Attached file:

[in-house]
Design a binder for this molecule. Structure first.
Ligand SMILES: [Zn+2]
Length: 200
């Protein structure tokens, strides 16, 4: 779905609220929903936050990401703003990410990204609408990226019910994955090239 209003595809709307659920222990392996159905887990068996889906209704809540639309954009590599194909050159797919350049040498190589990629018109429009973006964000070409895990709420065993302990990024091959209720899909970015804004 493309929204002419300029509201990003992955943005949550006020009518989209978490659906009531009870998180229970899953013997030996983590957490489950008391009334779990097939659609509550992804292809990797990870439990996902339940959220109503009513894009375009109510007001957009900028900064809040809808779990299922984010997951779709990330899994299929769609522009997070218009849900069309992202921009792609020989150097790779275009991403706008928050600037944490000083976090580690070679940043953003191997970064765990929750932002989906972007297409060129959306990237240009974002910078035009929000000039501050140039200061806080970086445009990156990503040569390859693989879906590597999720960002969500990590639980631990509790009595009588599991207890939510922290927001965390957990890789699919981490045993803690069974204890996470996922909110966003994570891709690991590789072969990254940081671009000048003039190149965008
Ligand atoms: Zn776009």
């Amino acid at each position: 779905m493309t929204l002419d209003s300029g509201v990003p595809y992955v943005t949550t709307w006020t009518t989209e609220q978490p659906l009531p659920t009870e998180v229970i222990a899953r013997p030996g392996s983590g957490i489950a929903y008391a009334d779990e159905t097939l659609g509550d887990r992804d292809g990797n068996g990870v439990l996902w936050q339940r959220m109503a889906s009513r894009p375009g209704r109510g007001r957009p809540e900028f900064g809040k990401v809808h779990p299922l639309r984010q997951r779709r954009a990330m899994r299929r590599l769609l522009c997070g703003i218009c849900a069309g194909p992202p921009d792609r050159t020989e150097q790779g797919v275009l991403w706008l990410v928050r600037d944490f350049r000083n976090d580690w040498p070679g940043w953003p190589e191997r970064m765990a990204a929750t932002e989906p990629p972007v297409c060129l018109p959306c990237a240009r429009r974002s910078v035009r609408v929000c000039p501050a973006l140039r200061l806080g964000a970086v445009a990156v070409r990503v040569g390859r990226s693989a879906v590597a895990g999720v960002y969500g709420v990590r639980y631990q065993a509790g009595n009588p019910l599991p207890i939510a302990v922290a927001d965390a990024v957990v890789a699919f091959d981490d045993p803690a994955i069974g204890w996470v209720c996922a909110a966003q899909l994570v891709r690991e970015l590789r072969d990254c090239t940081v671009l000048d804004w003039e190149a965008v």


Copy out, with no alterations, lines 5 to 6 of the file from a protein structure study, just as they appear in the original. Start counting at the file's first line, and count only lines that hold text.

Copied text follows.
């Protein structure tokens, strides 16, 4: 779905609220929903936050990401703003990410990204609408990226019910994955090239 209003595809709307659920222990392996159905887990068996889906209704809540639309954009590599194909050159797919350049040498190589990629018109429009973006964000070409895990709420065993302990990024091959209720899909970015804004 493309929204002419300029509201990003992955943005949550006020009518989209978490659906009531009870998180229970899953013997030996983590957490489950008391009334779990097939659609509550992804292809990797990870439990996902339940959220109503009513894009375009109510007001957009900028900064809040809808779990299922984010997951779709990330899994299929769609522009997070218009849900069309992202921009792609020989150097790779275009991403706008928050600037944490000083976090580690070679940043953003191997970064765990929750932002989906972007297409060129959306990237240009974002910078035009929000000039501050140039200061806080970086445009990156990503040569390859693989879906590597999720960002969500990590639980631990509790009595009588599991207890939510922290927001965390957990890789699919981490045993803690069974204890996470996922909110966003994570891709690991590789072969990254940081671009000048003039190149965008
Ligand atoms: Zn776009």